A trip on a musical note

A trip on a musical note

Salzburg diaries

A trip on a musical note

At the northern boundary of the Alps in Western Austria is a city state — Salzburg. Salz means salt carried by the barges on the Salzach river, and burg is castle in Austrian.

My favourite English Classic, Sound of Music, had been shot here 53 years ago. Tourist buses are available in the city specifically for viewing the film sites. However, to experience the joy of cycling through the culturally-rich town centres and the flawless countryside, I booked myself for the Fraulein Maria’s Bicycle Tour.

The main town square, Residence Platz, had the Horse Fountain right at the centre. It was a baroque-style, hill-shaped intricately carved structure. Water sprayed from the mouth of the horses sculpted around the base. This was where the scene of Maria skipping and splashing in water while singing I Have Confidence in Confidence Alone was filmed. The town square also appeared briefly in the second half of the movie, showing the Nazis marching all over Salzburg. With the melodious song sequence more profound in our memory, we did not realise that the latter scene had been unpleasant for the locals.

“While the shooting was on, people thought the Nazis were back and were very scared,” our tourist guide said, with a fine mix of disdain and amusement, pointing to a building right across the fountain, where the Nazi flag had been hoisted for the movie. “Did the movie ultimately do well here?” a concerned group member asked. “No,” she said, with a dismissive wave of her hand. The irony was that the movie, which had created a global fan following for its characters, story and scenic displays, had created little interest in the very place it had been shot.

Fact or fiction?

We glided up to the Nonnberg Abbey, located north of the Alps. The last stretch of the ride was quite uphill. For unseasoned cyclists like me, dragging the bike was easier. The abbey’s familiar entry gate made the movie feel so real, so much so that I felt the Von Trapp children would be coming by anytime to take Maria home.

Interestingly for this abbey, Maria was not a fictional character. Maria Augusta von Kutschera had served here as a novice for the Benedictine Sisterhood. She eventually went on to become the governess and then wife of Baron Von Trapp in 1927.

From a distance, the imposing Mount Untersberg stood facing us. “Maria must have had supernatural powers in the movie to have heard the church bell from there,” our tour guide said, referring to the opening scene where Maria gets late for church while singing The Hills Are Alive With The Sound of Music.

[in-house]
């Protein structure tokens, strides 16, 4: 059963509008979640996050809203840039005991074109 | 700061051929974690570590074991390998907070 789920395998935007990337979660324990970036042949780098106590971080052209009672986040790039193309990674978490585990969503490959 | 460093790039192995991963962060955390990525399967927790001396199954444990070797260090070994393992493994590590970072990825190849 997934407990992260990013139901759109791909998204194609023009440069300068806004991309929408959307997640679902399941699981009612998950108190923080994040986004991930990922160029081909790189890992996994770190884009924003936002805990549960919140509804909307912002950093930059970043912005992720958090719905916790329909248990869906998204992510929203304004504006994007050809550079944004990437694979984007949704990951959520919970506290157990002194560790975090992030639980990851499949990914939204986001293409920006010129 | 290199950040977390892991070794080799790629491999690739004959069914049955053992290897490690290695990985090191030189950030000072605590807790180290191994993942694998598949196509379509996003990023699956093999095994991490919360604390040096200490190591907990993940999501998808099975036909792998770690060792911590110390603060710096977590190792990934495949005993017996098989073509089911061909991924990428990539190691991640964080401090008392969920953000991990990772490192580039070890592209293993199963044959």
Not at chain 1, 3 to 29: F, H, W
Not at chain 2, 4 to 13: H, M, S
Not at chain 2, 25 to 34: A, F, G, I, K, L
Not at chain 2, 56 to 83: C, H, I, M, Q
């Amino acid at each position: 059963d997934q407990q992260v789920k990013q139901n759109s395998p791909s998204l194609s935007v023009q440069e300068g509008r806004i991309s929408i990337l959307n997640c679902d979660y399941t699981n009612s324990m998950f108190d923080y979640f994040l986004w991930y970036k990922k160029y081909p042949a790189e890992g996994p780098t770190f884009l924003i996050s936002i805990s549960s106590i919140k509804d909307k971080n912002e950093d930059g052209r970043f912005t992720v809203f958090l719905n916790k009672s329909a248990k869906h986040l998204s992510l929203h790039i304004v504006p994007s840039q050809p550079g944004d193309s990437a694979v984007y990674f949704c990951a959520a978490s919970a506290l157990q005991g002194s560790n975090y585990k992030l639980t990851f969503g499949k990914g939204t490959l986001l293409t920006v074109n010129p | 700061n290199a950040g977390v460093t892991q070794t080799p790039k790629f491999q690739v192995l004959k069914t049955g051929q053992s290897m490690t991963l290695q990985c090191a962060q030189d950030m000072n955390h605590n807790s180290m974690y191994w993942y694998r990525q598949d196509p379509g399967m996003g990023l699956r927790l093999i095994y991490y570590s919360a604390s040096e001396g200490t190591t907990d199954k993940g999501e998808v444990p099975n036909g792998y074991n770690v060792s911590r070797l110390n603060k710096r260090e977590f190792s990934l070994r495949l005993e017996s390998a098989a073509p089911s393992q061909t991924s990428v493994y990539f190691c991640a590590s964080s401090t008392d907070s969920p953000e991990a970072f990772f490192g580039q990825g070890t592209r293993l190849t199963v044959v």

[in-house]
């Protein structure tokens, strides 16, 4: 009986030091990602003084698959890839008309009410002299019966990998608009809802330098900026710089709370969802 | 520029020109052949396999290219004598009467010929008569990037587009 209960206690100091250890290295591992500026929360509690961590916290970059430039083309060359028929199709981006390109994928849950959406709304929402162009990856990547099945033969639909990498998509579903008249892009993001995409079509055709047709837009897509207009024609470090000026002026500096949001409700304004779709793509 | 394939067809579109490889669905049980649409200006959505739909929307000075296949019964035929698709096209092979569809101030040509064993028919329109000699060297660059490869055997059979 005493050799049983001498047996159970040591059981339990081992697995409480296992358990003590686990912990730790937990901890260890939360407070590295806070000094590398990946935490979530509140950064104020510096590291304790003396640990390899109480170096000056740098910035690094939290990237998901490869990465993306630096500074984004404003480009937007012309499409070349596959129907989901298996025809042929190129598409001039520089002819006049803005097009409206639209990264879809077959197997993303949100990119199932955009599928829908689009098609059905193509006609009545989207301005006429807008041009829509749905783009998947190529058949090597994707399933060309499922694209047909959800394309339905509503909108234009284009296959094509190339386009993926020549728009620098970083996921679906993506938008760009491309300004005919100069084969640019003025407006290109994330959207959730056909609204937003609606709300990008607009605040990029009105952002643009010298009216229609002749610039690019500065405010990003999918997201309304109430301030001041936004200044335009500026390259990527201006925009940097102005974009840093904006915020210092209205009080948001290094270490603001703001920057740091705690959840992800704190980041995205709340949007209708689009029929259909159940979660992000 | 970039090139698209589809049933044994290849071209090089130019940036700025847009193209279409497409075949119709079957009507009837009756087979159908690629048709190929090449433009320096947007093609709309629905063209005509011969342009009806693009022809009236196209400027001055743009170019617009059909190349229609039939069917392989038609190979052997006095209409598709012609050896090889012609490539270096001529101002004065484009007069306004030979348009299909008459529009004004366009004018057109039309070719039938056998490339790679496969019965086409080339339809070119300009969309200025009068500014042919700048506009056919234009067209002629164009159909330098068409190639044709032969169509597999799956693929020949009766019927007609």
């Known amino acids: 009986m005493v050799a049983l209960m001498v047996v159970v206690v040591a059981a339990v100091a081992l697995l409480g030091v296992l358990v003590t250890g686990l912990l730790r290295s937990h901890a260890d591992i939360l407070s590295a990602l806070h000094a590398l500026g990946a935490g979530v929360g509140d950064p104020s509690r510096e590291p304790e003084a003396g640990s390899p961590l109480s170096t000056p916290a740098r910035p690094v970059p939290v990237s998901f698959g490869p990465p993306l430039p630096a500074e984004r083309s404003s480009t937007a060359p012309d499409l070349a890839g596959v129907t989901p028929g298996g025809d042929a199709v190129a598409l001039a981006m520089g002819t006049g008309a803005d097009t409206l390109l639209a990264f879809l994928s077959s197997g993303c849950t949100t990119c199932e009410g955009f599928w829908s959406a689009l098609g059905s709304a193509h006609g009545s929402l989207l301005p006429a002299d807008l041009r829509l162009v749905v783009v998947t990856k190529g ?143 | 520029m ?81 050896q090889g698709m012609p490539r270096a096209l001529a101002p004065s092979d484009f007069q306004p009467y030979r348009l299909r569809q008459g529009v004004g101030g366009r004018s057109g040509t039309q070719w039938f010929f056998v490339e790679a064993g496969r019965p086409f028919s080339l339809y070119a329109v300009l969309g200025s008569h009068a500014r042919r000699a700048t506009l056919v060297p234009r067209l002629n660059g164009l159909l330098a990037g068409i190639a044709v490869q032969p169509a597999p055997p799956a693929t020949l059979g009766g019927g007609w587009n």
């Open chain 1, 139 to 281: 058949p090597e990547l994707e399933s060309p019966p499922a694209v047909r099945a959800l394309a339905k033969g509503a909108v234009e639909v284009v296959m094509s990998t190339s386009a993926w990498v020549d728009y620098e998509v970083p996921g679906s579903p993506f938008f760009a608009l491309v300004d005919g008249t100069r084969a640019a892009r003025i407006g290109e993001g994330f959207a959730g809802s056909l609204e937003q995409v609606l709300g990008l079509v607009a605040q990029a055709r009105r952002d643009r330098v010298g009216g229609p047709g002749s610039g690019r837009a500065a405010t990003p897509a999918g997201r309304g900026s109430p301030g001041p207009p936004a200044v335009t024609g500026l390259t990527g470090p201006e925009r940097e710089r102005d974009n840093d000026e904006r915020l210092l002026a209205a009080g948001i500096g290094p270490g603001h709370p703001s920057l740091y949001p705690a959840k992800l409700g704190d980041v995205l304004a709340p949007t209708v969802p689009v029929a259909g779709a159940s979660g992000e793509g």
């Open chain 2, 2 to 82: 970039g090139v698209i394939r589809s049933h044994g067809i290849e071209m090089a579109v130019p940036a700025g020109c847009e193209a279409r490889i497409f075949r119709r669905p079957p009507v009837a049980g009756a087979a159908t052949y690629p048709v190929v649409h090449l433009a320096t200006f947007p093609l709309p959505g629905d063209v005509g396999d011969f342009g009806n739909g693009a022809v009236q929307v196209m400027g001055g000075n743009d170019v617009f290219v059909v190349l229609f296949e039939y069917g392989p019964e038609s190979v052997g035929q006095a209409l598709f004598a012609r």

“The movie director didn’t even get his geography right in the last scene,” she said, her voice edged with sarcasm.

Observing the quizzical look on our faces, she continued, “He shows the family crossing this mountain to escape to Switzerland, but in reality, they would have found themselves in Germany, and worse still, very close to Hitler’s holiday home.” The two amusing bloopers revealed how minor yet crucial details can get ignored in the larger scheme of things.

Colours of the city

Once we resumed our tour, the bustling city atmosphere smoothly dissipated into a milieu of tranquil lush green meadows dotted with white and yellow daffodils. A colossal lake attached to a colonial style mansion came into view. This was the back of the Von Trapp home. My mind was flushed with delightful visuals of Maria and the kids falling in this lake after their boat tipped over, and the timeless romantic scenes of Liesel with Rolf, and Maria with the captain.

In truth, the film crew had not used this mansion. This rococo designed palace, Schloss Leopoldskron, is Salzburg Global Seminar’s property since 1947, and has always been sealed off. Other than the boat scene, all the others were shot either from the adjacent property, which had access to the palace park facing the lake, or in the studio using a replica. “But where is the gazebo?” I found myself asking, not able to find the priceless white musical pavilion that had entertained the world with Sixteen Going On Seventeen. “That created havoc. Tourists would swarm around it like bees. The elderly residents got annoyed with their loud singing and dancing, which is why it has got shifted to the Hellbrunn Palace gardens.” It seemed quite evident by now that the locals respected the movie mostly for its tourism revenue, and perceived it only as a hackneyed and cheesy version of the true story.

The glass white gazebo was in a quiet cosy corner of the Hellbrunn Palace garden. “It’s locked for safety purposes,” said the tourist guide. Now, what was so unsafe about a gazebo? She must have some interesting reason for it. Sure enough, she did. Apparently, quite a few years ago, an exuberant 81-year-old woman had broken her hip inside, while prancing from one end to the other, singing “I am 81 going on 82!”

Having heard the most gripping attachments to the movie for over three hours now, we were visibly depressed that our next stop was home. By now, my mind was shuttling between whether the movie still held the charismatic impact, or had the behind-the-scenes action taken over. Unable to reach a consensus, the only agreement I settled at was: don’t miss either.